To determine whether this cachexic phenotype is accompanied by increased expression of muscle “atrogenes”, gene expression of the muscle‐specific E3 ubiquitin ligases Fbxo32 (MAFbx/atrogin‐1 gene), Trim63 (MuRF1 gene), and Fbxo30 (MUSA1 gene) (Bodine et al, 2001; Sartori et al, 2013) was measured in the quadriceps and hearts of mice treated with AAV8.GDF11 for 3 and 5 days (Fig 5D). At 5 days of exposure, modest ~2.5‐fold upregulations of Fbxo32 and Trim63 were found in the quadriceps, while Fbxo30 expression remained unchanged. Trim63 expression in the heart was elevated ~twofold at both days 3 and 5, while Fbxo32 expression was unchanged and Fbxo30 expression became highly variable. These data suggest the striated muscle “atrogene” program is activated by systemic GDF11 overexpression; however, this activation is very modest in comparison with those shown by other atrophy models (Bodine et al, 2001; Sacheck et al, 2007).
Pharmacological levels of full‐length GDF11 uniquely induce cachexia and cardiac atrophy
To determine whether exposure levels similar to those reported to have pharmacological benefit also induce such a degree of muscle atrophy, a dose de‐escalation study was performed using 1 × 1011 gc (hereafter referred to as “mid dose”) and 5 × 1010 gc (low dose) of AAV8.GDF11 in 12‐week‐old mice (Fig EV5A). Similar to the high dose (1 × 1012 gc; described above), AAV‐mediated GDF11 expression was evident within 10 days post‐injection (Fig EV5B), resulting in estimated levels of 0.03–0.09 mg/kg and 0.01–0.02 mg/kg for the mid‐ and low‐dose groups, respectively (based on the above‐mentioned calculations for a 23 g mouse from serum levels of 0.5–1.6 ng/μl and 0.26–0.34 ng/μl, respectively). These levels are below those administered in recent pharmacological studies. The study was terminated at this 10‐day time point due to substantial wasting (~25% loss of body weight) and mobility issues from the mid dose, requiring immediate euthanasia (Fig EV5C). At this time point, the low‐dose group displayed ~10% loss of body weight, though no overt pathology was evident. While mid‐dose mice displayed both skeletal and cardiac muscle atrophy at this time point, the low‐dose group only began to exhibit a cardiac phenotype (Fig EV5D).
From the above data, we hypothesized that Mstn and GDF11 would induce similar phenotypes if expressed at similar levels. As the low dose of AAV8.GDF11 and a high dose (2 × 1012 gc) of AAV8.Mstn demonstrate comparable serum exposures at 10 days post‐injection (Fig 6A), we tested this hypothesis in 7‐week‐old male C57BL/6 mice (experiment depicted in Fig 6B). As displayed in Fig 6C, both Mstn and GDF11 groups lost body mass after treatment, while control mice continued to grow. The GDF11 group began exhibiting signs of severe cachexia beginning at day 14, and the study was terminated following the death of a mouse at day 16 (21% loss of initial body mass by the group). While the Mstn‐treated mice lost ~8% of their initial body mass at this time point, they otherwise appeared healthy and demonstrated normal activity.
At time of euthanasia, there were no significant differences in absolute body weight or skeletal muscle mass between the Mstn and GDF11 groups (Fig 6D–F); however, the hearts of Mstn‐treated mice did not show the atrophic effects seen in those treated with GDF11. Even when normalized to either body weight or tibia length, Mstn‐treated hearts were larger than those with GDF11 treatment (Fig 6G). Stomach contents were comparable between the treatment groups, suggesting anorexia was not responsible for this wasting phenotype. Likewise, the observed differences in mass are due to atrophy of the tissues, not failure to grow, as the values for 7‐week‐old mice from this colony are similar to control treatment values. Interestingly, both Mstn‐ and GDF11‐affected liver mass, while only GDF11 atrophied the kidneys (Fig EV5E). These divergent effects of the ligands on heart and kidney mass are not due to differential accumulation of GDF11 and Mstn in the tissue (Fig EV5F), which appears, as one would expect, to be proportional to tissue vascularity.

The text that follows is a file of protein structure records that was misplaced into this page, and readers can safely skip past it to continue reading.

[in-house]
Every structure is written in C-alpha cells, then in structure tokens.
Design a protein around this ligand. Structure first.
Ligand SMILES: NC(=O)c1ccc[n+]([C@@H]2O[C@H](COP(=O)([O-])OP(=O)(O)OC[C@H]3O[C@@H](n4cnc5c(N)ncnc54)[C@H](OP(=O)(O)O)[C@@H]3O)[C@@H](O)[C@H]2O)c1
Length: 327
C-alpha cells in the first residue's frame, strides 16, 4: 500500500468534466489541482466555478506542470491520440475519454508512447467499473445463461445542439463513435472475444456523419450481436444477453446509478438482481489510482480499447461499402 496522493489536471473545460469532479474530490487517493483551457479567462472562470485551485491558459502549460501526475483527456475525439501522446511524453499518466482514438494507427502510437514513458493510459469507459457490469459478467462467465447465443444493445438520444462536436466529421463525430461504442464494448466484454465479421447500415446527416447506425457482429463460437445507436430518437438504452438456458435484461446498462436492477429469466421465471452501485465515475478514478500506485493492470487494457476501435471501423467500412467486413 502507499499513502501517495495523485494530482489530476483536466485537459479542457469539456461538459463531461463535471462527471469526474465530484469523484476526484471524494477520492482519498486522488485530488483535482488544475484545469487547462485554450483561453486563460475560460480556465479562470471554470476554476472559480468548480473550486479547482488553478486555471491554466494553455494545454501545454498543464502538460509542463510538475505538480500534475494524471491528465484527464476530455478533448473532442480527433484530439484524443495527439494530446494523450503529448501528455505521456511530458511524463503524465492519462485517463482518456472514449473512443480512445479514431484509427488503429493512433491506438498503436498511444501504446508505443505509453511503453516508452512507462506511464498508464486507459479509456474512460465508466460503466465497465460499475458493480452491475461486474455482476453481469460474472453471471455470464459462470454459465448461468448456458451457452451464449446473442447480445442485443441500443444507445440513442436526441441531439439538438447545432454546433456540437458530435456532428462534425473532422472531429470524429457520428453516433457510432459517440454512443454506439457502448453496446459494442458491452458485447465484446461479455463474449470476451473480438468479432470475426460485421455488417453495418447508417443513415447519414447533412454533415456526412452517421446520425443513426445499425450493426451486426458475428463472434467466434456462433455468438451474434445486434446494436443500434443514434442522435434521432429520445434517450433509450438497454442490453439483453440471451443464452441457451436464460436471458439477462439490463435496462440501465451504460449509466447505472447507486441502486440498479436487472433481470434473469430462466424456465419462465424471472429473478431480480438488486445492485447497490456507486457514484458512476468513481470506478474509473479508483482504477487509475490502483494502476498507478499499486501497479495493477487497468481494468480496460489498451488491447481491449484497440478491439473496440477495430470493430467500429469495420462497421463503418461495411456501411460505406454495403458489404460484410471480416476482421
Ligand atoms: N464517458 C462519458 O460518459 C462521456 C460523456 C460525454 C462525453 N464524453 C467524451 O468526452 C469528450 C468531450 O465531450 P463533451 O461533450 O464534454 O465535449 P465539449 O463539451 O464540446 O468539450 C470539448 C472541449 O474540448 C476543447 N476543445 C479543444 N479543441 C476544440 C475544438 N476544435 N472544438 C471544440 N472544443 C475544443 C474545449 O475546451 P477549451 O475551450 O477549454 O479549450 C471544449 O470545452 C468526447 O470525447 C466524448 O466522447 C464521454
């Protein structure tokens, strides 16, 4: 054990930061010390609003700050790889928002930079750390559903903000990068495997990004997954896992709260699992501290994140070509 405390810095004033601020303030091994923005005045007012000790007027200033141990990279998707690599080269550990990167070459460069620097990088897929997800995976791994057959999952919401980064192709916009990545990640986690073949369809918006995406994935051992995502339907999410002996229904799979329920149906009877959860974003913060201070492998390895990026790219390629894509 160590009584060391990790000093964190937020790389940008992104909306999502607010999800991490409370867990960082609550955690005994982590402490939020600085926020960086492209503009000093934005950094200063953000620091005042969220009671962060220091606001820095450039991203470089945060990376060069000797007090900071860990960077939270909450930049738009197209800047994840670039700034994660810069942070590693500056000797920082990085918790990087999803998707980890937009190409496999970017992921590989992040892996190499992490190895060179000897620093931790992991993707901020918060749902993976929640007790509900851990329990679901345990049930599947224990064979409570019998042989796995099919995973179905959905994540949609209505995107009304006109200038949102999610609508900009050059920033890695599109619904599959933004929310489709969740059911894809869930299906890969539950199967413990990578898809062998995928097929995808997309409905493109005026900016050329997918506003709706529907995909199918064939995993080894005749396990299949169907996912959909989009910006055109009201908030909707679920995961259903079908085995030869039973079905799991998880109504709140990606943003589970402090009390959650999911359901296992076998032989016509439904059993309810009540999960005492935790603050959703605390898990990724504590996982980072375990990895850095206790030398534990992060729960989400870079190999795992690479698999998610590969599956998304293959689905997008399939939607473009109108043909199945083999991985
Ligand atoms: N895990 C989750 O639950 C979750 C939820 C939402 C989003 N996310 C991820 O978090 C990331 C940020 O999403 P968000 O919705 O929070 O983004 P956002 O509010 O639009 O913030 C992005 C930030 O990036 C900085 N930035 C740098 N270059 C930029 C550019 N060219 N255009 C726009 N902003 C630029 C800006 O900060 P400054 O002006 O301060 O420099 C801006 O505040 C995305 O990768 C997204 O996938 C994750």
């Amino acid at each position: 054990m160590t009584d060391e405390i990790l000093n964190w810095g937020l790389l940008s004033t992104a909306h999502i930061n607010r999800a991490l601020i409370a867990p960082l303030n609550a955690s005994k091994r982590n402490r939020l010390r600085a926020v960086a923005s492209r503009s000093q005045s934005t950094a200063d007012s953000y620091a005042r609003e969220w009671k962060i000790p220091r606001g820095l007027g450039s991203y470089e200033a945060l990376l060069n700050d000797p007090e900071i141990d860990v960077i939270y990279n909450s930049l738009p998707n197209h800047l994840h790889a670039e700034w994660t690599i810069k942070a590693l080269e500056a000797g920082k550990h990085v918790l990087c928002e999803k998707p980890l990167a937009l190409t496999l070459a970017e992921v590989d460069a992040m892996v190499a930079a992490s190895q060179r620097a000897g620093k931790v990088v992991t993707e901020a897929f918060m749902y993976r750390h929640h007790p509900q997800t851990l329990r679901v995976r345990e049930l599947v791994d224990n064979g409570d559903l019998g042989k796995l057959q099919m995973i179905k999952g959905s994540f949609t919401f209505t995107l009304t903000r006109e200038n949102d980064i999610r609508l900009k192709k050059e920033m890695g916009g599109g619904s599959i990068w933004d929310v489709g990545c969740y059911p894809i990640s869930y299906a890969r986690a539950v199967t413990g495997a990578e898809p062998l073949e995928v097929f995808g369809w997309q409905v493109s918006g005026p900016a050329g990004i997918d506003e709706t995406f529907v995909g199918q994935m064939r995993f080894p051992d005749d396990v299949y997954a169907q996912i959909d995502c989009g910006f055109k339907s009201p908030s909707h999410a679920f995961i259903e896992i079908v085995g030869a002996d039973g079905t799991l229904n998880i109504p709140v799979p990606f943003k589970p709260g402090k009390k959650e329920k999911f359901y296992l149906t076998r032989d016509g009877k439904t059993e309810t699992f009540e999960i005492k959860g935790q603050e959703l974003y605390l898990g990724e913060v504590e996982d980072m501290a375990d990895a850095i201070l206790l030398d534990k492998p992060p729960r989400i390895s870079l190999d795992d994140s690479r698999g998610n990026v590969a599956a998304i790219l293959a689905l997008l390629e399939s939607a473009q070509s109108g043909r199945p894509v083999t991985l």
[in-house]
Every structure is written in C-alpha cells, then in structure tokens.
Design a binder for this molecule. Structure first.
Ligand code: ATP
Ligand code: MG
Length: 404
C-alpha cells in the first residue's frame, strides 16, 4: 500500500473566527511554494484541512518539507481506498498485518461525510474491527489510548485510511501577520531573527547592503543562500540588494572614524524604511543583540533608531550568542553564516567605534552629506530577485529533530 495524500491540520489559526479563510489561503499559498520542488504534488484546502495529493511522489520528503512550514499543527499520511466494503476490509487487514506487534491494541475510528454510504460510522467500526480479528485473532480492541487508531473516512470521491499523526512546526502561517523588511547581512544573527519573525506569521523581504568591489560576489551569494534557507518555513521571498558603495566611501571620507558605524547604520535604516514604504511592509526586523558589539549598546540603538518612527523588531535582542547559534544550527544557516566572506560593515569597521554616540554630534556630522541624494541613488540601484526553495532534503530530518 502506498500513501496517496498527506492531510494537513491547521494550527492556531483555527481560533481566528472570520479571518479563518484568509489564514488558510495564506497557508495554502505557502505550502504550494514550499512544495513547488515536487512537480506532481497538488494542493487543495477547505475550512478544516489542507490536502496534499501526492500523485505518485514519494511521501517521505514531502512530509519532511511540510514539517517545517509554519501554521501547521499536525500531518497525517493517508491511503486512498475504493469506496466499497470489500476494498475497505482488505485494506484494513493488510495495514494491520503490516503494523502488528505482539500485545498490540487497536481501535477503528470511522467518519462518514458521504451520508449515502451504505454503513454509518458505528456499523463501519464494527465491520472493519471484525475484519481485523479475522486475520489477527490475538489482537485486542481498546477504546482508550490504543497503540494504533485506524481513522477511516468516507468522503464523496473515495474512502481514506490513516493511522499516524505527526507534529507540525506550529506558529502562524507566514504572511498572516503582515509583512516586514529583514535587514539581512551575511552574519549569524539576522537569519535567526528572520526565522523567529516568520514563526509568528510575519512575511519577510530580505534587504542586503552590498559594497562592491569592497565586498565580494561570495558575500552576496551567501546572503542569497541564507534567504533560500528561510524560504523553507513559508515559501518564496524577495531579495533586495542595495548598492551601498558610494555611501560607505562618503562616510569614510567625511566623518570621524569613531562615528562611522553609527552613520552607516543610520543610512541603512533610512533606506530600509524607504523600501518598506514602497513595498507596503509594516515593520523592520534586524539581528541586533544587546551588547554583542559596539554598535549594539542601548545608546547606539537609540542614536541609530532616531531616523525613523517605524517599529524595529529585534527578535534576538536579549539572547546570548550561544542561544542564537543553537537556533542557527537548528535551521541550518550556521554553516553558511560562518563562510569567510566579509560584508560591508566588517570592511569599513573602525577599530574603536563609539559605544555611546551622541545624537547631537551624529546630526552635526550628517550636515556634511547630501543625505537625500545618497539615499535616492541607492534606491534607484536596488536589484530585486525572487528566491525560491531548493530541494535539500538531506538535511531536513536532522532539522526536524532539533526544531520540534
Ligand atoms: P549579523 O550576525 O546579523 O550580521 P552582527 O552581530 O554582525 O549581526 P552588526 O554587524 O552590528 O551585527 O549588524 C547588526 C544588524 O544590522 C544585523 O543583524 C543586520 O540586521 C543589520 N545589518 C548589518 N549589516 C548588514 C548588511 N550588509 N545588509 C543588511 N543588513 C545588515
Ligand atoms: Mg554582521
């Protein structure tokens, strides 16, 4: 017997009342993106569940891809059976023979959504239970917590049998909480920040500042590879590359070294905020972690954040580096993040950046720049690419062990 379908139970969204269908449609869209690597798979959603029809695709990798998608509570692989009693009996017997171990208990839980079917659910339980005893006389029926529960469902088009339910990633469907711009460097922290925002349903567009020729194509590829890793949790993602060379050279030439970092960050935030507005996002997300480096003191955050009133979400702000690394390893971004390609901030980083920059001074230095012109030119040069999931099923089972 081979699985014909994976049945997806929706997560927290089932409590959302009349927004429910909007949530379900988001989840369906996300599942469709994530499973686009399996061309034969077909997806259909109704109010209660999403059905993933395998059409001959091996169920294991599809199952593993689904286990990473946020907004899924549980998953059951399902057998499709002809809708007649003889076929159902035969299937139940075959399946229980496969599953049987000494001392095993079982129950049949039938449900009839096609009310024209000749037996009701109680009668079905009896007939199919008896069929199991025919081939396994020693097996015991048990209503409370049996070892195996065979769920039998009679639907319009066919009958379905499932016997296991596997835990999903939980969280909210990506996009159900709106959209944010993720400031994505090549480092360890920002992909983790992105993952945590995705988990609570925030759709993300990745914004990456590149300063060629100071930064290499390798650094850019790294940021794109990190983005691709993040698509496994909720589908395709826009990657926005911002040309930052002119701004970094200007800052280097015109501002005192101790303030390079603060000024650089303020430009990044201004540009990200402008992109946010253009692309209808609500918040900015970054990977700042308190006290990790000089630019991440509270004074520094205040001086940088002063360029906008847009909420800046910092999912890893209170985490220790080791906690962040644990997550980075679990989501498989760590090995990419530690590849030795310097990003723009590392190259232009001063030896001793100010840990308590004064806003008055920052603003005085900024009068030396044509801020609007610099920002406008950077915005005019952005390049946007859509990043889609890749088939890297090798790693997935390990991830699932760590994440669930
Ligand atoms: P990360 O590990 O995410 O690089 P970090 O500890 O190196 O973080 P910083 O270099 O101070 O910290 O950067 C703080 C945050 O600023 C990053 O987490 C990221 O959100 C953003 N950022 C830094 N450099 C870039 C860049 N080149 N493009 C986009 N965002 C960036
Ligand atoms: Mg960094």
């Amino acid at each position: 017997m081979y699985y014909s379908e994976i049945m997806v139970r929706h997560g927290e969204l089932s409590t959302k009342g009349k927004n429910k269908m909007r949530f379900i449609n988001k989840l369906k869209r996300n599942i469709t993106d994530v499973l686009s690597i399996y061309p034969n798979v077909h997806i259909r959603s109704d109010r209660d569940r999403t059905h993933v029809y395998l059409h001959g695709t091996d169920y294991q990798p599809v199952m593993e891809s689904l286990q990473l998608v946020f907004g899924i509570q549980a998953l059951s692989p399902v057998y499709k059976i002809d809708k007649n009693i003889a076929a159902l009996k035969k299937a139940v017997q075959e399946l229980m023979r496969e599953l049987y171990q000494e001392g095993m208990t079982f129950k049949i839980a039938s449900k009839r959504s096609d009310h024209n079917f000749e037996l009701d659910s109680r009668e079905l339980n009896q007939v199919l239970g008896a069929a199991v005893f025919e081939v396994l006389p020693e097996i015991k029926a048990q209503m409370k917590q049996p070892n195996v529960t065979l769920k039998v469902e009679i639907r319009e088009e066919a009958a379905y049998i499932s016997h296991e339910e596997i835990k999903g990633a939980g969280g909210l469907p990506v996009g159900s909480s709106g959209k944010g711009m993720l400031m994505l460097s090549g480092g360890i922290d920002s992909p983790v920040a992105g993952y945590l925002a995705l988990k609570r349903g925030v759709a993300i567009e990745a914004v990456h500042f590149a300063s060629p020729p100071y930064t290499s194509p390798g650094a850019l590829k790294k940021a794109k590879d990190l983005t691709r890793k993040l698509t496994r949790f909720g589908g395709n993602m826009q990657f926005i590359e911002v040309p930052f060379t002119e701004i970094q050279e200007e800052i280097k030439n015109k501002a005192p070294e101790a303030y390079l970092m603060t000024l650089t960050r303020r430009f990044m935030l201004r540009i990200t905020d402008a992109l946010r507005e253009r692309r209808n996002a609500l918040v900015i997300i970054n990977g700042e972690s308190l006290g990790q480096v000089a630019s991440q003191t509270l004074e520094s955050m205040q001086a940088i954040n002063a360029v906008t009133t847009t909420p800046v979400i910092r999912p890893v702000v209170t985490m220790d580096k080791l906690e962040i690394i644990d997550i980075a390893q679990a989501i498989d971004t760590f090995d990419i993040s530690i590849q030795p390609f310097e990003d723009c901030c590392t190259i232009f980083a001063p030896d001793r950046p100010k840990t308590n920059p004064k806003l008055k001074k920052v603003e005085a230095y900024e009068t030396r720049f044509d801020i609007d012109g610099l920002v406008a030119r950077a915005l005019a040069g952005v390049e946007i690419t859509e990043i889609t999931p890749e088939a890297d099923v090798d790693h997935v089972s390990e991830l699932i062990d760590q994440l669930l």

Receptor expression patterns differ between skeletal and cardiac muscle
As Mstn and GDF11 affect skeletal muscle mass similarly and only GDF11 affects the heart, it is possible differential receptor utilization may occur in a tissue‐specific context, resulting in divergent effects of the ligands on cardiomyocytes at the levels expressed in this study. We thus investigated associated receptor levels/expression in skeletal muscle and heart. The heart contains nearly twofold the content of the common type II receptor, ActRIIB, as quadriceps, which was unchanged in either tissue by ligand manipulation (Fig 7A and B). Though gene expression of Acvr1b (ALK4 gene) is comparable between heart and quadriceps (Fig 7C), the expression of Tgfbr1 (ALK5 gene) is nearly twofold higher in the heart (Fig 7D). When normalized to Acvr1b, the heart contains ~60% more Tgfbr1 than the quadriceps (Fig 7E), which suggests that signaling induced by either GDF11 or Mstn in the heart is more likely to be mediated by ALK5 than ALK4, the primary mediator of Mstn signaling in myoblasts (Kemaladewi et al, 2012) and possibly mature muscle. At these expression levels, it is possible that GDF11 binding to ActRIIB may preferentially recruit ALK5 more so than Mstn, explaining the differential effects of the two ligands in the heart. The heightened Tgfbr1 expression in the heart is likely linked to the 5.5‐fold higher gene expression of Tgfb1 in the heart than skeletal muscle (Fig 7F), as TGFβ signals through dimerization of ALK5 with TGFβ type II receptor (TβRII) and is a positive regulator of cardiomyocyte size (Rosenkranz, 2004). Thus, differential receptor profiles between skeletal and cardiac muscle offer a potential explanation for the potent effects of GDF11 on cardiac mass in comparison with Mstn. Marked elevation of Tgfb1 expression in the heart following 3 and 5 days of exposure to high‐dose AAV8.GDF11 (Fig 7G) supports this hypothesis, as it appears the heart is upregulating Tgfb1 to compensate for the loss of cardiomyocyte mass.